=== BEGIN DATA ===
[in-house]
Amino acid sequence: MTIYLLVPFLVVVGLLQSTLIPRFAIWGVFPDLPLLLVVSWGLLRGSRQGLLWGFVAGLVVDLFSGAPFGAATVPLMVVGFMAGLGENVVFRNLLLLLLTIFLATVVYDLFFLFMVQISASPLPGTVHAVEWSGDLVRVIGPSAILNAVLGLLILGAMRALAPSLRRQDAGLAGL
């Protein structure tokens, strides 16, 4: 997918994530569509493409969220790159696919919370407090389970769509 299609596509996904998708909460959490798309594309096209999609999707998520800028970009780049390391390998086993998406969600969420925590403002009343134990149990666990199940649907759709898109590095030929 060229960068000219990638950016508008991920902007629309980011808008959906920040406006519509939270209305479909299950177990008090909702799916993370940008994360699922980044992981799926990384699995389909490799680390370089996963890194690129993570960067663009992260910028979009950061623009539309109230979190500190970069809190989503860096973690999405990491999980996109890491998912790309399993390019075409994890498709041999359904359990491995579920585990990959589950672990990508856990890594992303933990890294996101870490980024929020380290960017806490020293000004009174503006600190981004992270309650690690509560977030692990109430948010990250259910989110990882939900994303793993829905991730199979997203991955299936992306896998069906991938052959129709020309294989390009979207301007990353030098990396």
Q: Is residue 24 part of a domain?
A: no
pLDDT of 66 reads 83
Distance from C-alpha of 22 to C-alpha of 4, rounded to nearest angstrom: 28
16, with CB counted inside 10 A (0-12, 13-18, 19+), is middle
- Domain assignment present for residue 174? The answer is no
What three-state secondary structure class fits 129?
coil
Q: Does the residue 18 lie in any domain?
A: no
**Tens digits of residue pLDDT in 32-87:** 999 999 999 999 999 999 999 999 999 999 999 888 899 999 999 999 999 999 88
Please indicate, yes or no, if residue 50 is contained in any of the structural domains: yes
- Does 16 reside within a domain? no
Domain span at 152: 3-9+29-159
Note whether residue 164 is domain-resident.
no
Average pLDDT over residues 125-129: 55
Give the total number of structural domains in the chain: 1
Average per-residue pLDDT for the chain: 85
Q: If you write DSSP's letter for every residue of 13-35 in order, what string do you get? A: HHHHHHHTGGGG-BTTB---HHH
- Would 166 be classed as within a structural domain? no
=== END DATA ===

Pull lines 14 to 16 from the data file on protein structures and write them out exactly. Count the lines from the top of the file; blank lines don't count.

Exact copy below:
**Tens digits of residue pLDDT in 32-87:** 999 999 999 999 999 999 999 999 999 999 999 888 899 999 999 999 999 999 88
Please indicate, yes or no, if residue 50 is contained in any of the structural domains: yes
- Does 16 reside within a domain? no